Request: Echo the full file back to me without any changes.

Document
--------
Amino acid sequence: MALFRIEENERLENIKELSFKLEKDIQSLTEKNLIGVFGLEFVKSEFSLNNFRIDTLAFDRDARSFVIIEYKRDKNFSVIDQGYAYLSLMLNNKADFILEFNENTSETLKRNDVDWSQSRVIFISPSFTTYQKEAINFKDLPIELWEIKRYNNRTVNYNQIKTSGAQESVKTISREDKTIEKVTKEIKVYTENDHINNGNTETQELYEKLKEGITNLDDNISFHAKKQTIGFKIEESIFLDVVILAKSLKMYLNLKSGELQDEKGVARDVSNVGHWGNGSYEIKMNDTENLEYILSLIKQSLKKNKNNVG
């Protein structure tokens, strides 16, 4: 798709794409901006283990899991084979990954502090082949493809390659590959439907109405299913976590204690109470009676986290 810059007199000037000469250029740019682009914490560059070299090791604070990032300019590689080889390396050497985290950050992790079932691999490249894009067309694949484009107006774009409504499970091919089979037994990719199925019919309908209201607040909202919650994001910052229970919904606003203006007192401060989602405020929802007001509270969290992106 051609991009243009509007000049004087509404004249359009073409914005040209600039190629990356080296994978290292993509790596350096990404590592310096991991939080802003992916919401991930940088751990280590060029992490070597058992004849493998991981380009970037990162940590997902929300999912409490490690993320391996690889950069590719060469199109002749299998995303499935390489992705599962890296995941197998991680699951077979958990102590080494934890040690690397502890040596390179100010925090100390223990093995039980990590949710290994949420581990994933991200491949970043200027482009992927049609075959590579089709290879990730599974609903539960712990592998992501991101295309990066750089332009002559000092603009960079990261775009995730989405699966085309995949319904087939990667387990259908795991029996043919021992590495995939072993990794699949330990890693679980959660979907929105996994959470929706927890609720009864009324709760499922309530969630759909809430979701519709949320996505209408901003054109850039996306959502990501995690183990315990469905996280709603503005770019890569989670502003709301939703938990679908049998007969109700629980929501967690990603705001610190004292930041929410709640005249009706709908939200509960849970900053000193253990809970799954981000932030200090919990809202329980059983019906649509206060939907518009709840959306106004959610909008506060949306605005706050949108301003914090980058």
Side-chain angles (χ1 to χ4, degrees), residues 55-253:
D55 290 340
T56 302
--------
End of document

Amino acid sequence: MALFRIEENERLENIKELSFKLEKDIQSLTEKNLIGVFGLEFVKSEFSLNNFRIDTLAFDRDARSFVIIEYKRDKNFSVIDQGYAYLSLMLNNKADFILEFNENTSETLKRNDVDWSQSRVIFISPSFTTYQKEAINFKDLPIELWEIKRYNNRTVNYNQIKTSGAQESVKTISREDKTIEKVTKEIKVYTENDHINNGNTETQELYEKLKEGITNLDDNISFHAKKQTIGFKIEESIFLDVVILAKSLKMYLNLKSGELQDEKGVARDVSNVGHWGNGSYEIKMNDTENLEYILSLIKQSLKKNKNNVG
């Protein structure tokens, strides 16, 4: 798709794409901006283990899991084979990954502090082949493809390659590959439907109405299913976590204690109470009676986290 810059007199000037000469250029740019682009914490560059070299090791604070990032300019590689080889390396050497985290950050992790079932691999490249894009067309694949484009107006774009409504499970091919089979037994990719199925019919309908209201607040909202919650994001910052229970919904606003203006007192401060989602405020929802007001509270969290992106 051609991009243009509007000049004087509404004249359009073409914005040209600039190629990356080296994978290292993509790596350096990404590592310096991991939080802003992916919401991930940088751990280590060029992490070597058992004849493998991981380009970037990162940590997902929300999912409490490690993320391996690889950069590719060469199109002749299998995303499935390489992705599962890296995941197998991680699951077979958990102590080494934890040690690397502890040596390179100010925090100390223990093995039980990590949710290994949420581990994933991200491949970043200027482009992927049609075959590579089709290879990730599974609903539960712990592998992501991101295309990066750089332009002559000092603009960079990261775009995730989405699966085309995949319904087939990667387990259908795991029996043919021992590495995939072993990794699949330990890693679980959660979907929105996994959470929706927890609720009864009324709760499922309530969630759909809430979701519709949320996505209408901003054109850039996306959502990501995690183990315990469905996280709603503005770019890569989670502003709301939703938990679908049998007969109700629980929501967690990603705001610190004292930041929410709640005249009706709908939200509960849970900053000193253990809970799954981000932030200090919990809202329980059983019906649509206060939907518009709840959306106004959610909008506060949306605005706050949108301003914090980058």
Side-chain angles (χ1 to χ4, degrees), residues 55-253:
D55 290 340
T56 302